Our drivers have always preferred the dualshock 4 controllers and we’ve had great success using hot glue to hold the micro-USB connector in.

You CAN do this, but lower the stress on the cable by giving it some room before wrapping it around the body. The method I’ve used is to put my finger 3 inches above the body, wrap it around that once, then begin wrapping around the body. That leaves a bunch of slack next to the cable connection and reduces stress significantly.

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I recommend not using a joystick / flight controller. Drivers often have to move their bodies in order to get the best view of game pieces and field elements. If you use a joystick, you have to tether them to a single fixed spot on the console.

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A great point, one which was very prominent in RR. Depending on which driver station I was in this year, I would reposition myself at the start of a match and sometimes have to move around to see past certain obstacles or along our own driver station wall. Using an xbox controller made it much easier to do these movements while still driving the robot.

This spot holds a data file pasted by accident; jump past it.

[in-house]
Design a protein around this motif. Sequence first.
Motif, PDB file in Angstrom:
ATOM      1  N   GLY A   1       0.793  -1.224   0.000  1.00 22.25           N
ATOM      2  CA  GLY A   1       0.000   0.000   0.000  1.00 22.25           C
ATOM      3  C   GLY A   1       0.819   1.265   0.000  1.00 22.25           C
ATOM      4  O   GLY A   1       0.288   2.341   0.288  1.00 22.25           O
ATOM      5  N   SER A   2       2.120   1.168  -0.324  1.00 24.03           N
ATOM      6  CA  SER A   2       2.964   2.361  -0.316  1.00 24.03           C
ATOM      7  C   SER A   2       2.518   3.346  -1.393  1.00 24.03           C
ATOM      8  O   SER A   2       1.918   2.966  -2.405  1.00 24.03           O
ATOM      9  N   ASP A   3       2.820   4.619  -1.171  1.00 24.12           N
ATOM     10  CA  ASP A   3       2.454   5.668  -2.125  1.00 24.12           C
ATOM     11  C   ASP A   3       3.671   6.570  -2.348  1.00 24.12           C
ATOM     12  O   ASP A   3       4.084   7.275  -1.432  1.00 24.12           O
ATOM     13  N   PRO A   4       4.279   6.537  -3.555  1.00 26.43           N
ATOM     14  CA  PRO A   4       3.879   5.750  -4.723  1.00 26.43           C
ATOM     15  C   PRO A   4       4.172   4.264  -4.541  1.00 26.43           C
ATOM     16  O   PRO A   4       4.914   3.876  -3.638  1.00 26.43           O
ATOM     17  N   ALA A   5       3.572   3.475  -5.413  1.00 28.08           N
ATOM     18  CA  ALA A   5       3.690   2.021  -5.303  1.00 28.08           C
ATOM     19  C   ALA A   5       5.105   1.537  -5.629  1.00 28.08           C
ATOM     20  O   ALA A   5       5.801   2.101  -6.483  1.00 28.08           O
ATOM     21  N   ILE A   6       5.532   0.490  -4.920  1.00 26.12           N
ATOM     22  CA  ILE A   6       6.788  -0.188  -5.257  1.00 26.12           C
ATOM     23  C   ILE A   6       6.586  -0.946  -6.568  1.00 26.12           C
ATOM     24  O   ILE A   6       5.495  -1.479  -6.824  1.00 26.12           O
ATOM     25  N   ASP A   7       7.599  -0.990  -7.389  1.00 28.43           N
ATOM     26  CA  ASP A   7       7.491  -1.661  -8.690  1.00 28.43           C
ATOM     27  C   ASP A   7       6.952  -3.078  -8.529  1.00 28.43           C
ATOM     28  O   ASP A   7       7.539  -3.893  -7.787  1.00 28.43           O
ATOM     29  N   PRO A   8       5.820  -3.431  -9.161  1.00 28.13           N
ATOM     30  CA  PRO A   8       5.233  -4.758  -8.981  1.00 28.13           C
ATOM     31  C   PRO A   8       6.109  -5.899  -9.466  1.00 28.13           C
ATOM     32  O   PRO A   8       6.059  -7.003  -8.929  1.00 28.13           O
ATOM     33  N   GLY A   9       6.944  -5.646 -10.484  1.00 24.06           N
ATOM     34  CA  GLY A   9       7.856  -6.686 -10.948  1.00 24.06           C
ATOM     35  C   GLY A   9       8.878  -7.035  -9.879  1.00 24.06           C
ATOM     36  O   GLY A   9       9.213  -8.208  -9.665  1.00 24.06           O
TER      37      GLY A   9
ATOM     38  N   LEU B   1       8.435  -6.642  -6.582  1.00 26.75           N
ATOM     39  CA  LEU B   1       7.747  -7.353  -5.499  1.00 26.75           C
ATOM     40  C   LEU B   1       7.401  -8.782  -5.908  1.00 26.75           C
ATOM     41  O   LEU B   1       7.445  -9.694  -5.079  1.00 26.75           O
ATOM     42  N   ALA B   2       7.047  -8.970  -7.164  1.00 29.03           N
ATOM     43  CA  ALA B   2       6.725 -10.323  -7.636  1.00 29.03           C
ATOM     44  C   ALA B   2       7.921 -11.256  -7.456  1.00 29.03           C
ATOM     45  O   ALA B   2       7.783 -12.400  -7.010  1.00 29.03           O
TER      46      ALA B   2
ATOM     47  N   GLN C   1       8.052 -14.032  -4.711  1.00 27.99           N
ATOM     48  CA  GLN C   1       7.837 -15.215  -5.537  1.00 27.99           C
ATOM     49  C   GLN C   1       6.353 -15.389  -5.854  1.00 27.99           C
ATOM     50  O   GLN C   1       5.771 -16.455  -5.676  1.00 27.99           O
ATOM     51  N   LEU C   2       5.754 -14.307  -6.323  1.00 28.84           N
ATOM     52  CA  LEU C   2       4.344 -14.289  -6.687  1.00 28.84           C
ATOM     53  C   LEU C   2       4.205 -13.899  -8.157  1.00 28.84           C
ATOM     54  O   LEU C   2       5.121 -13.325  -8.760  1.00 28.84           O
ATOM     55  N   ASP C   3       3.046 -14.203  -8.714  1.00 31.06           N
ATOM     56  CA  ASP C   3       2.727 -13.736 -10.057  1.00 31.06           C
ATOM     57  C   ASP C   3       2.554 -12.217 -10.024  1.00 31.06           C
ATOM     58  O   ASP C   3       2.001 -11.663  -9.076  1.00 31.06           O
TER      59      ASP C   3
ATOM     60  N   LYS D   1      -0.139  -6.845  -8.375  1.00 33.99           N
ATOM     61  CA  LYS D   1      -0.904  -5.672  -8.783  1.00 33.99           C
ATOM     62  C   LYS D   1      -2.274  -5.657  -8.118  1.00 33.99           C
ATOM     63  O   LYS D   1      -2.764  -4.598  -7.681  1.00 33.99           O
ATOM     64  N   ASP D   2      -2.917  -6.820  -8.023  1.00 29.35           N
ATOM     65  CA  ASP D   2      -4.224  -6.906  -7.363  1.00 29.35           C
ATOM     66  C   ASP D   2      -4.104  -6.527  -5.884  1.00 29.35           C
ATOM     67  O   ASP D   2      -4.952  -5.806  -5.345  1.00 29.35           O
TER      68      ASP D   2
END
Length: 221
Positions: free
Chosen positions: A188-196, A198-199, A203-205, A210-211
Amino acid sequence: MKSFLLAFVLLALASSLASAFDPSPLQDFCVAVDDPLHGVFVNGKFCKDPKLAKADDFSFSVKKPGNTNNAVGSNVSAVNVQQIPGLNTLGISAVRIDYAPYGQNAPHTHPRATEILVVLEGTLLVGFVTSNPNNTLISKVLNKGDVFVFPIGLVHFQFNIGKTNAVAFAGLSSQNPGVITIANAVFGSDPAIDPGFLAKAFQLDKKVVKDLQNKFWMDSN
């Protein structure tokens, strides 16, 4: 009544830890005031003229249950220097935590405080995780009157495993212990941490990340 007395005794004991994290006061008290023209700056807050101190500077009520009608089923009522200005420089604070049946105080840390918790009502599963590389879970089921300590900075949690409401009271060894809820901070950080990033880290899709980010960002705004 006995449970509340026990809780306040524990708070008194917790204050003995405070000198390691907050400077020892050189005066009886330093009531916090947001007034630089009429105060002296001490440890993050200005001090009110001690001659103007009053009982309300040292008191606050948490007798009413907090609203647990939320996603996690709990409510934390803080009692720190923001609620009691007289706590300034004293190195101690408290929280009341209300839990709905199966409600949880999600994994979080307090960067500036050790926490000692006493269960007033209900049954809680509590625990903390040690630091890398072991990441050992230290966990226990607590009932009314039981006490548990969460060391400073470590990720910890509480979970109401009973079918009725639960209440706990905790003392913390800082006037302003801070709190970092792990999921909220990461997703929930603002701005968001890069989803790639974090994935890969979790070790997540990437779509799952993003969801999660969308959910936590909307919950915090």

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It does seem like a flight stick with twist could be more intuitive (especially for more inexperienced drivers) for driving swerve. Actually, if the driver is driving only (separate mechanism controller), it seems like the most intuitive swerve control might be a flight stick for one hand and a knob for the other. Anyone using that kind of setup?

We’re probably going to go xbox or PS-style… whichever our new driver prefers. Following this thread.

We have had this happen because the cord didn’t get cut off.

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The Xbox fusion controller i mentioned earlier has back buttons but they are removable if your driver doesn’t like them. The nice thing is its only $65

I would give this one a try. It should not suffer from stick drift.

Person Interface Device